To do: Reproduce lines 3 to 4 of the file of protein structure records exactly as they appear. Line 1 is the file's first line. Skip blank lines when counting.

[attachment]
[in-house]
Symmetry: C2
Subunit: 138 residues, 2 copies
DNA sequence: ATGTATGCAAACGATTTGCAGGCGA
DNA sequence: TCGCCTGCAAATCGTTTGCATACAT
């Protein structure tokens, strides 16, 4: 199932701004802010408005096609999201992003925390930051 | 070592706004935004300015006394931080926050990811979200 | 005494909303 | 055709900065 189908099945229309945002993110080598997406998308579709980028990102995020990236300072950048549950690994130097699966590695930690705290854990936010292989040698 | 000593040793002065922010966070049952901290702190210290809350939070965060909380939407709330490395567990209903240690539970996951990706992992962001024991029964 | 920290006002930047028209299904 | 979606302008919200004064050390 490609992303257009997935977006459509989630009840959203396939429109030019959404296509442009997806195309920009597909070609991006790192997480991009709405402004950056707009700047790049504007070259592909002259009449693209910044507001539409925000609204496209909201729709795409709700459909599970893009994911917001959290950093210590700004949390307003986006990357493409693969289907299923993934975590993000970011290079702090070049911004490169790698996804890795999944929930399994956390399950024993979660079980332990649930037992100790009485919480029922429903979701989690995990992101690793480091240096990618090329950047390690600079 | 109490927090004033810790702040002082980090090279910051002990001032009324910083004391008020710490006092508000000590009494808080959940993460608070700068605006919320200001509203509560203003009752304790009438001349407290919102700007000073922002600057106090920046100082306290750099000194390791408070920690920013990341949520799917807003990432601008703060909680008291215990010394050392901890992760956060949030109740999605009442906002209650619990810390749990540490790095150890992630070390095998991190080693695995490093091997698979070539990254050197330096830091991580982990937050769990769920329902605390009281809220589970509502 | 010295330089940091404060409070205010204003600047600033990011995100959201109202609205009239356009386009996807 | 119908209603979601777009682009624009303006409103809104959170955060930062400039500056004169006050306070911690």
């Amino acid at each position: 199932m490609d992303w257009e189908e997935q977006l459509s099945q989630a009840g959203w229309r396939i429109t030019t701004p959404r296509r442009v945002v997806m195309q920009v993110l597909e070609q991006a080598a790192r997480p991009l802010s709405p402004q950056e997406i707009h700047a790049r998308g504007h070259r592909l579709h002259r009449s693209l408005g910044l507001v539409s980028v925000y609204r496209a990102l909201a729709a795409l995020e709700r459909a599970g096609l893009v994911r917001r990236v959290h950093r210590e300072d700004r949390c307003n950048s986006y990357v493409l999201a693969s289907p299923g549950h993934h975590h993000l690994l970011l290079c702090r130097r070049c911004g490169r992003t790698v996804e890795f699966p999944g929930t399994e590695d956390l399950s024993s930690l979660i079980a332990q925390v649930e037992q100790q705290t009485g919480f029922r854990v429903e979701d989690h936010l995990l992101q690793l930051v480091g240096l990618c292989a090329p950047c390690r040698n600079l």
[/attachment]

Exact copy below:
Subunit: 138 residues, 2 copies
DNA sequence: ATGTATGCAAACGATTTGCAGGCGA